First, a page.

SALEM, Ore. (AP) — Supporters of an initiative to ban some semi-automatic rifles and pistols, along with high-capacity magazines, are stopping efforts to pass the measure this year but plan an effort to get it onto the ballot in 2020.
At a news conference Thursday, backers of the initiative conceded that a state Supreme Court ruling the day before had introduced a delay that would push Initiative Petition 43 past a key deadline, stopping it from qualifying for the 2018 ballot.
“We are now working on several potential measures for 2020,” said Mark Knutson, a Portland pastor and one of three sponsors of the IP 43.
The initiative sought to ban semi-automatic rifles with certain features like pistol grips, semi-automatic pistols with rifle-like features, some semi-automatic shotguns, and magazines capable of holding 10 bullets or more.
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The topic has become the subject of fiery debate amid a flood of school shootings around the country, many of them carried out with semi-automatic AR-15 assault rifles. Supporters introduced the Oregon measure in the wake of a shooting at a Florida High School.
But Oregon’s high court ruled on Wednesday that there were problems with the official description of the initiative drafted by its supporters. The court said it had to be revised, triggering a legally required delay of five business days and meaning that in a best-case scenario, organizers would have less than 24 hours to gather the more than 88,000 signatures required to qualify the measure for the 2018 ballot.
The National Rifle Association and other gun-rights groups had opposed the measure. They filed the legal challenges that ultimately succeeded in delaying both IP 43 and another proposal to tighten gun-storage rules.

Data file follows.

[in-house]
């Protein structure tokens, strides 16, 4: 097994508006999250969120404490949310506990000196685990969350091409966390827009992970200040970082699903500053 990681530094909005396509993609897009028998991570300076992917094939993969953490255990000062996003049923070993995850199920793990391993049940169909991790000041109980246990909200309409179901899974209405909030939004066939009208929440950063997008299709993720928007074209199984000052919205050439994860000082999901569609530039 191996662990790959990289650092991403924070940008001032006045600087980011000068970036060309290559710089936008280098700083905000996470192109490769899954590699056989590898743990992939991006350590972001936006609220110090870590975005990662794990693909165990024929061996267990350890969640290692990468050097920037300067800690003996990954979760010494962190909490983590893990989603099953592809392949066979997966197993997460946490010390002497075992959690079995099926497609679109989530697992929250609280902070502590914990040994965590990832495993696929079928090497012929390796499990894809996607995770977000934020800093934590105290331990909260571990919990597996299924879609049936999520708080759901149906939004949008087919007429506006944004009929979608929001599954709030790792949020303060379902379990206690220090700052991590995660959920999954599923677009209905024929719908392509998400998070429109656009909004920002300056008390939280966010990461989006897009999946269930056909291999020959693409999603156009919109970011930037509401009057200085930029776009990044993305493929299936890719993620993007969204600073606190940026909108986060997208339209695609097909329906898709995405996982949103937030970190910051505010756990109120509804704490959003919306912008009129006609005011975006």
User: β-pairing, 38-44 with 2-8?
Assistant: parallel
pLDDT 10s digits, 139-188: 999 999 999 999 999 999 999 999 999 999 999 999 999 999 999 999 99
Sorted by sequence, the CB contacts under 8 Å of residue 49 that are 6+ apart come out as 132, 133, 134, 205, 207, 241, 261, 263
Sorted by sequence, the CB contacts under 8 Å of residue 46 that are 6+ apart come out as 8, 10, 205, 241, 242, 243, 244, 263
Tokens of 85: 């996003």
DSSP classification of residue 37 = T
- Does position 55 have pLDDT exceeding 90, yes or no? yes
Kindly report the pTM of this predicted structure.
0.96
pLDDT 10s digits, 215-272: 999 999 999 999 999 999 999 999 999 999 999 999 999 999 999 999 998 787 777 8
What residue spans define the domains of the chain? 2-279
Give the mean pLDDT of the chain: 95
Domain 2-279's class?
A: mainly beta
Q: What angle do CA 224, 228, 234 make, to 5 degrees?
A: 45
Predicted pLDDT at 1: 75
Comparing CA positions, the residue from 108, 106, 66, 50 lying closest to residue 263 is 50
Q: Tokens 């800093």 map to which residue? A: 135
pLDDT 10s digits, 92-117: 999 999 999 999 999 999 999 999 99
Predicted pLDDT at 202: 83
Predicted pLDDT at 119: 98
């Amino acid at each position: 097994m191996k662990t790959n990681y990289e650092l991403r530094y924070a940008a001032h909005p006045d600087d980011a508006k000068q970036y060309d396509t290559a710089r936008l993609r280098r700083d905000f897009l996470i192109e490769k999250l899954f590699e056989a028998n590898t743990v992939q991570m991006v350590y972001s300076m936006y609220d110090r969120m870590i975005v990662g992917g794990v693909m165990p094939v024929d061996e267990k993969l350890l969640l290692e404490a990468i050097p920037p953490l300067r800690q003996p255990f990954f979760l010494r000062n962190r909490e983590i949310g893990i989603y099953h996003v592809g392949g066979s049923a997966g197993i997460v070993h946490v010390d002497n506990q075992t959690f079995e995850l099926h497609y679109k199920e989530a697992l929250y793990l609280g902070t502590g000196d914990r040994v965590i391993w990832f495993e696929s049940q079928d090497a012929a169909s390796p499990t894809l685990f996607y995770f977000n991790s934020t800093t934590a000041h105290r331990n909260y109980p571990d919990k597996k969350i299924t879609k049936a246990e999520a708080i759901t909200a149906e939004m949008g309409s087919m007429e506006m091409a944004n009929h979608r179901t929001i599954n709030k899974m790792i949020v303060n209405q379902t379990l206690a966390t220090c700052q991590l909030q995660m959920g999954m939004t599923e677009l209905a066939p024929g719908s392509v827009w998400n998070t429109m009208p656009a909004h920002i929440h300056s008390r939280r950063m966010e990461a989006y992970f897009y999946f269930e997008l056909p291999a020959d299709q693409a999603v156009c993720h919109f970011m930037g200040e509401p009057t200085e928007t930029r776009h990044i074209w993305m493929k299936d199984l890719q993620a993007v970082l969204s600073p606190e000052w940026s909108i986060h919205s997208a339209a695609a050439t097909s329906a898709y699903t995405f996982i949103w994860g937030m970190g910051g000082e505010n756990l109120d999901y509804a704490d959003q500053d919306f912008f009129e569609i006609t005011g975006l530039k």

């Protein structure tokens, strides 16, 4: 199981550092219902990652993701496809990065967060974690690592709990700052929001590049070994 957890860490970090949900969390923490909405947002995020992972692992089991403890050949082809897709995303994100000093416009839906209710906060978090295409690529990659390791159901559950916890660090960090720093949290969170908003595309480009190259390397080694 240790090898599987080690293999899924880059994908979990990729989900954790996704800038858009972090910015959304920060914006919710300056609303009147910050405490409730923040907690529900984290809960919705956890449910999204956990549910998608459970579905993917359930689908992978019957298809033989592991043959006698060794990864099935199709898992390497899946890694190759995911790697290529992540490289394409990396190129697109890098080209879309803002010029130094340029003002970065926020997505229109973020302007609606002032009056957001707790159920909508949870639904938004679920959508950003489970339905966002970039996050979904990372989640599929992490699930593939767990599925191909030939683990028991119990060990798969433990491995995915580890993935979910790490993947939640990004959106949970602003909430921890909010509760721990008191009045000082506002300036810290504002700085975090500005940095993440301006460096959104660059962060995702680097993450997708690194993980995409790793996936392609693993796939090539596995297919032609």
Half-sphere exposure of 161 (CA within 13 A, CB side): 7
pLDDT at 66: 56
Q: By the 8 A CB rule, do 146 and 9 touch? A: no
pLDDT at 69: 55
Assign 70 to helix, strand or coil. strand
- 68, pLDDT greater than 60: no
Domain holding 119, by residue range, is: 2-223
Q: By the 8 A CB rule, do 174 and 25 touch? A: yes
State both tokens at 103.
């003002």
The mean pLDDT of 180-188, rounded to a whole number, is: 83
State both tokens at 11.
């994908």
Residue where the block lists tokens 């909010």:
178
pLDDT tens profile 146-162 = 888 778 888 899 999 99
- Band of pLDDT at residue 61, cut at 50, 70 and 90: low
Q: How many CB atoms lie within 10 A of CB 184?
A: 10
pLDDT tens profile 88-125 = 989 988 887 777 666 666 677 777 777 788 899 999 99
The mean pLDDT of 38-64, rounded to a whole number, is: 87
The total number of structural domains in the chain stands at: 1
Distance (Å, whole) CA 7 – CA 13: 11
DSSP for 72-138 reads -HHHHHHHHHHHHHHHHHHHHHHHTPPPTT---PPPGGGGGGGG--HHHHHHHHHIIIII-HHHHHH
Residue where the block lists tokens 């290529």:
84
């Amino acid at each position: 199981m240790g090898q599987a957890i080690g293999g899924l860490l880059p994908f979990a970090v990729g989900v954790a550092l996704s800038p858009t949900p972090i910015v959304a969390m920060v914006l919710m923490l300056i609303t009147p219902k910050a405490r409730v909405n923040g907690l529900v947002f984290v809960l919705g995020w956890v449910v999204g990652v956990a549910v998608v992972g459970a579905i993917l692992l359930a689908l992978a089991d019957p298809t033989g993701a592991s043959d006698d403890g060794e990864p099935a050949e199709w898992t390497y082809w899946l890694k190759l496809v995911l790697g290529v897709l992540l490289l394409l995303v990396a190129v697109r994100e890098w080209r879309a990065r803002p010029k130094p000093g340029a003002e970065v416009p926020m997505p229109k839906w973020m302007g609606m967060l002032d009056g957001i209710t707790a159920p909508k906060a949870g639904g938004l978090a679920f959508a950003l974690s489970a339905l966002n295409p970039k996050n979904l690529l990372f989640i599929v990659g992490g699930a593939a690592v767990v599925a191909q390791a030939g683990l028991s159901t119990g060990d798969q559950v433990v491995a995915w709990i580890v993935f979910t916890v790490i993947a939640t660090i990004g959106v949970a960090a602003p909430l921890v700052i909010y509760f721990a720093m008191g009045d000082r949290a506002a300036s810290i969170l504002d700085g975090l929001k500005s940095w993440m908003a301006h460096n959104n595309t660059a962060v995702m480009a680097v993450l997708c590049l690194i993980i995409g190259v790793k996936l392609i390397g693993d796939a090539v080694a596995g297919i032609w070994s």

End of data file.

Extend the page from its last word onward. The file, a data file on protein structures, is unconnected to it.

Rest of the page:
Lars Dalseide, a spokesman for the NRA, called the Wednesday ruling encouraging, and criticized the initiative’s categorization of some guns as “assault weapons.”
Whether the initiative would be split into multiple proposals in 2020 appeared to be an open question Thursday.
Knutson acknowledged after the news conference that the breadth of version filed for the 2018 race — covering rifles, pistols and ammunition magazines — made it challenging to summarize in an official 15-word ballot title, and the court in its Wednesday ruling specifically called out the issue.
Speaking after the news conference, Knutson said the initiative would likely be re-filed as a single measure.
But Penny Okamoto, director of Ceasefire Oregon, a group that backed the measure as part of a coalition, said the option of splitting it into two separate petitions — one limiting magazine capacity, and one focused on certain semi-automatic guns — had also been discussed.
Okamoto said her group is also working on drafting legislation for the 2019 legislative session that would ban magazines holding over five rounds of ammunition.
Knutson said he hoped to re-file within months and to begin gathering signatures as soon as the end of the year.